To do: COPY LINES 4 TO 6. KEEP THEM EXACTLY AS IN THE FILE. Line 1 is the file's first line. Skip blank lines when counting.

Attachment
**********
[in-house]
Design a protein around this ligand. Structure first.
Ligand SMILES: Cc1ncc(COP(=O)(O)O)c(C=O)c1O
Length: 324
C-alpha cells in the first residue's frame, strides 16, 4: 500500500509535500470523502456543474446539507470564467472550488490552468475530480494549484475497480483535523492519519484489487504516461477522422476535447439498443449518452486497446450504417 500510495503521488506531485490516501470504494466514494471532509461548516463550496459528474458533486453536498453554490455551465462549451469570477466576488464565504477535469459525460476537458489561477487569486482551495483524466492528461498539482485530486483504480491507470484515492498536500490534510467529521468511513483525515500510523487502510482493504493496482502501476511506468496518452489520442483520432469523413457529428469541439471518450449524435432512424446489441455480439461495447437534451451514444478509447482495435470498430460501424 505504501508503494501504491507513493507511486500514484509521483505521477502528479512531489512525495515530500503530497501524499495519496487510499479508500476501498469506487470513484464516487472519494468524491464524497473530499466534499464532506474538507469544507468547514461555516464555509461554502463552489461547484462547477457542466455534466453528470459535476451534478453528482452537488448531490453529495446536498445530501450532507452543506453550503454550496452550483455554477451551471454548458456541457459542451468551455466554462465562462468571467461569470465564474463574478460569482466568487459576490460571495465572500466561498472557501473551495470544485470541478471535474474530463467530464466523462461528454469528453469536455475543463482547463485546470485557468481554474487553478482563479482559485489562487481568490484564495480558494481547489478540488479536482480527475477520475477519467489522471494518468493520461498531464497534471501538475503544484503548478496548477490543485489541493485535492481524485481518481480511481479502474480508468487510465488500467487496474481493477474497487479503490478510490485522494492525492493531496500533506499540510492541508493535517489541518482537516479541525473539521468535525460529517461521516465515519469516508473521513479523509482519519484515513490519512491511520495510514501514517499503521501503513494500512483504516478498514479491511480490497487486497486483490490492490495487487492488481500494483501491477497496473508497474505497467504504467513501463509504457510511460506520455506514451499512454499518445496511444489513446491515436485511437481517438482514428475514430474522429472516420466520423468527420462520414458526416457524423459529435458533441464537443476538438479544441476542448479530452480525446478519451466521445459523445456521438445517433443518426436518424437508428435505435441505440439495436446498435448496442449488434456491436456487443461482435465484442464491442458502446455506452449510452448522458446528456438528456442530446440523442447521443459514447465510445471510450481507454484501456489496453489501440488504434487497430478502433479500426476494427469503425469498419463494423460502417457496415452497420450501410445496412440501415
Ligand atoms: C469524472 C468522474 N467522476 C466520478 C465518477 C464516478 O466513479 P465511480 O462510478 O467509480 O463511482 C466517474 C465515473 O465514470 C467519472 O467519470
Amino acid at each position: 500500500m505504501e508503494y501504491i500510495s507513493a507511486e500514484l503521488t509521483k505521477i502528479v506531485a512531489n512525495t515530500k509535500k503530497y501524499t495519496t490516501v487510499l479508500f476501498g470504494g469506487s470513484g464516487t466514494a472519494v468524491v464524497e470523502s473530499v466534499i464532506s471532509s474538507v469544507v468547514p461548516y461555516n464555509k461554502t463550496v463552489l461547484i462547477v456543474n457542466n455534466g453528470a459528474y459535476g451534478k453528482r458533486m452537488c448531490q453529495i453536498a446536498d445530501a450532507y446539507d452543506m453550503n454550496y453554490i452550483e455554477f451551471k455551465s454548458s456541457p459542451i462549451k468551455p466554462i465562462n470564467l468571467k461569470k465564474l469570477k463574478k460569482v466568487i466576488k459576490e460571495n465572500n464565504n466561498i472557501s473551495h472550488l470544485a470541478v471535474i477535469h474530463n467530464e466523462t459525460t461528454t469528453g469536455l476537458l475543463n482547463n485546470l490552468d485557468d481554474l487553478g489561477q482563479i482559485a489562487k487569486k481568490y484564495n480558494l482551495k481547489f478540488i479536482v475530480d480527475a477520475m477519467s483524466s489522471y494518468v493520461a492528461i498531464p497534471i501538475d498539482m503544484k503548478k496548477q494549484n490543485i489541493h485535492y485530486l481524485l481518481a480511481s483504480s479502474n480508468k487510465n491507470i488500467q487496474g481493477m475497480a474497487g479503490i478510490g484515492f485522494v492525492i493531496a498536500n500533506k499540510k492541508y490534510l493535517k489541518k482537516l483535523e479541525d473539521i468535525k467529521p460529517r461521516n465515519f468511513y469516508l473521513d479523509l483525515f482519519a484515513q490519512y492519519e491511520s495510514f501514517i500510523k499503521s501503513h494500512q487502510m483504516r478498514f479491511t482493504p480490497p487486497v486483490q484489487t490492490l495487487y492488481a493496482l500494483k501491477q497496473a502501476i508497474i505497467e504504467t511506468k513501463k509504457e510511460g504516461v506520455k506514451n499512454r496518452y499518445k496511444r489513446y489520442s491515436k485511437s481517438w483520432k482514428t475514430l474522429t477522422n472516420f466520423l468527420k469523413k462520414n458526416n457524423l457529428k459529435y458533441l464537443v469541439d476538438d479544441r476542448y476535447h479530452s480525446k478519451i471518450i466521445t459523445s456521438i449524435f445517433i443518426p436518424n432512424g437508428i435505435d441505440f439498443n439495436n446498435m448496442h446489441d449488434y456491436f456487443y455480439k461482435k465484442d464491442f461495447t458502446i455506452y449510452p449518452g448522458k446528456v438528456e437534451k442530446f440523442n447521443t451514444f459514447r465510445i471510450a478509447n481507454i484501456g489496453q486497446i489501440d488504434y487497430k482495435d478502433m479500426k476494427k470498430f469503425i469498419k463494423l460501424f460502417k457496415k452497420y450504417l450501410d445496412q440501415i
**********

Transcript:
Length: 324
C-alpha cells in the first residue's frame, strides 16, 4: 500500500509535500470523502456543474446539507470564467472550488490552468475530480494549484475497480483535523492519519484489487504516461477522422476535447439498443449518452486497446450504417 500510495503521488506531485490516501470504494466514494471532509461548516463550496459528474458533486453536498453554490455551465462549451469570477466576488464565504477535469459525460476537458489561477487569486482551495483524466492528461498539482485530486483504480491507470484515492498536500490534510467529521468511513483525515500510523487502510482493504493496482502501476511506468496518452489520442483520432469523413457529428469541439471518450449524435432512424446489441455480439461495447437534451451514444478509447482495435470498430460501424 505504501508503494501504491507513493507511486500514484509521483505521477502528479512531489512525495515530500503530497501524499495519496487510499479508500476501498469506487470513484464516487472519494468524491464524497473530499466534499464532506474538507469544507468547514461555516464555509461554502463552489461547484462547477457542466455534466453528470459535476451534478453528482452537488448531490453529495446536498445530501450532507452543506453550503454550496452550483455554477451551471454548458456541457459542451468551455466554462465562462468571467461569470465564474463574478460569482466568487459576490460571495465572500466561498472557501473551495470544485470541478471535474474530463467530464466523462461528454469528453469536455475543463482547463485546470485557468481554474487553478482563479482559485489562487481568490484564495480558494481547489478540488479536482480527475477520475477519467489522471494518468493520461498531464497534471501538475503544484503548478496548477490543485489541493485535492481524485481518481480511481479502474480508468487510465488500467487496474481493477474497487479503490478510490485522494492525492493531496500533506499540510492541508493535517489541518482537516479541525473539521468535525460529517461521516465515519469516508473521513479523509482519519484515513490519512491511520495510514501514517499503521501503513494500512483504516478498514479491511480490497487486497486483490490492490495487487492488481500494483501491477497496473508497474505497467504504467513501463509504457510511460506520455506514451499512454499518445496511444489513446491515436485511437481517438482514428475514430474522429472516420466520423468527420462520414458526416457524423459529435458533441464537443476538438479544441476542448479530452480525446478519451466521445459523445456521438445517433443518426436518424437508428435505435441505440439495436446498435448496442449488434456491436456487443461482435465484442464491442458502446455506452449510452448522458446528456438528456442530446440523442447521443459514447465510445471510450481507454484501456489496453489501440488504434487497430478502433479500426476494427469503425469498419463494423460502417457496415452497420450501410445496412440501415
Ligand atoms: C469524472 C468522474 N467522476 C466520478 C465518477 C464516478 O466513479 P465511480 O462510478 O467509480 O463511482 C466517474 C465515473 O465514470 C467519472 O467519470